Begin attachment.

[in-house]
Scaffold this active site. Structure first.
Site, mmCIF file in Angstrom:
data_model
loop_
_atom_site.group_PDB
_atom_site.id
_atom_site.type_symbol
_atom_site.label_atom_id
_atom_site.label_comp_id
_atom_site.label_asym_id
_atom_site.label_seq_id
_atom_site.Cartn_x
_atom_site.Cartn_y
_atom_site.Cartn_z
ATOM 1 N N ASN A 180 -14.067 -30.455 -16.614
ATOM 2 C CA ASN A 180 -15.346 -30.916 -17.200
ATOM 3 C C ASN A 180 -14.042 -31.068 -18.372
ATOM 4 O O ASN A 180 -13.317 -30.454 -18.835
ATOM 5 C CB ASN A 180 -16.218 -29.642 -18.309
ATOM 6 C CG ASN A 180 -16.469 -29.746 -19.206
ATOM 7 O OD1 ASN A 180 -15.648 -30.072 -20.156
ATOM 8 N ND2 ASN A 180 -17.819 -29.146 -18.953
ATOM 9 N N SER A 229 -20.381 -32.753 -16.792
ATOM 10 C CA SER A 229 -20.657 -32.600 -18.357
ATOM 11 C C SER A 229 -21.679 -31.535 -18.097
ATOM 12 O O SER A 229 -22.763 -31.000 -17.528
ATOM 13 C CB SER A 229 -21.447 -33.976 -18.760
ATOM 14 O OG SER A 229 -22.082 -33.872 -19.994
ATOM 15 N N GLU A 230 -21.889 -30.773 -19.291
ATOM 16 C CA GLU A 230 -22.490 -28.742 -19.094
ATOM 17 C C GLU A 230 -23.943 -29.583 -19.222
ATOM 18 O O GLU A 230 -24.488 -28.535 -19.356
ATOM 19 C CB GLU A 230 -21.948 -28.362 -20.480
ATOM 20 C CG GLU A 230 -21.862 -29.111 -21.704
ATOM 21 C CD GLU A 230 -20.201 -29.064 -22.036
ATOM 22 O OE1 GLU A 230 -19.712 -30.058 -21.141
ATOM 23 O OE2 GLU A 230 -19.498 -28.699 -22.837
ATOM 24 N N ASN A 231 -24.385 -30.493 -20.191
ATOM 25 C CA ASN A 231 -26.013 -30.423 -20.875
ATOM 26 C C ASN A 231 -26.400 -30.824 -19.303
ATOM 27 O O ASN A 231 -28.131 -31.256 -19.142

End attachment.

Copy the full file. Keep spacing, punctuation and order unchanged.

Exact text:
[in-house]
Scaffold this active site. Structure first.
Site, mmCIF file in Angstrom:
data_model
loop_
_atom_site.group_PDB
_atom_site.id
_atom_site.type_symbol
_atom_site.label_atom_id
_atom_site.label_comp_id
_atom_site.label_asym_id
_atom_site.label_seq_id
_atom_site.Cartn_x
_atom_site.Cartn_y
_atom_site.Cartn_z
ATOM 1 N N ASN A 180 -14.067 -30.455 -16.614
ATOM 2 C CA ASN A 180 -15.346 -30.916 -17.200
ATOM 3 C C ASN A 180 -14.042 -31.068 -18.372
ATOM 4 O O ASN A 180 -13.317 -30.454 -18.835
ATOM 5 C CB ASN A 180 -16.218 -29.642 -18.309
ATOM 6 C CG ASN A 180 -16.469 -29.746 -19.206
ATOM 7 O OD1 ASN A 180 -15.648 -30.072 -20.156
ATOM 8 N ND2 ASN A 180 -17.819 -29.146 -18.953
ATOM 9 N N SER A 229 -20.381 -32.753 -16.792
ATOM 10 C CA SER A 229 -20.657 -32.600 -18.357
ATOM 11 C C SER A 229 -21.679 -31.535 -18.097
ATOM 12 O O SER A 229 -22.763 -31.000 -17.528
ATOM 13 C CB SER A 229 -21.447 -33.976 -18.760
ATOM 14 O OG SER A 229 -22.082 -33.872 -19.994
ATOM 15 N N GLU A 230 -21.889 -30.773 -19.291
ATOM 16 C CA GLU A 230 -22.490 -28.742 -19.094
ATOM 17 C C GLU A 230 -23.943 -29.583 -19.222
ATOM 18 O O GLU A 230 -24.488 -28.535 -19.356
ATOM 19 C CB GLU A 230 -21.948 -28.362 -20.480
ATOM 20 C CG GLU A 230 -21.862 -29.111 -21.704
ATOM 21 C CD GLU A 230 -20.201 -29.064 -22.036
ATOM 22 O OE1 GLU A 230 -19.712 -30.058 -21.141
ATOM 23 O OE2 GLU A 230 -19.498 -28.699 -22.837
ATOM 24 N N ASN A 231 -24.385 -30.493 -20.191
ATOM 25 C CA ASN A 231 -26.013 -30.423 -20.875
ATOM 26 C C ASN A 231 -26.400 -30.824 -19.303
ATOM 27 O O ASN A 231 -28.131 -31.256 -19.142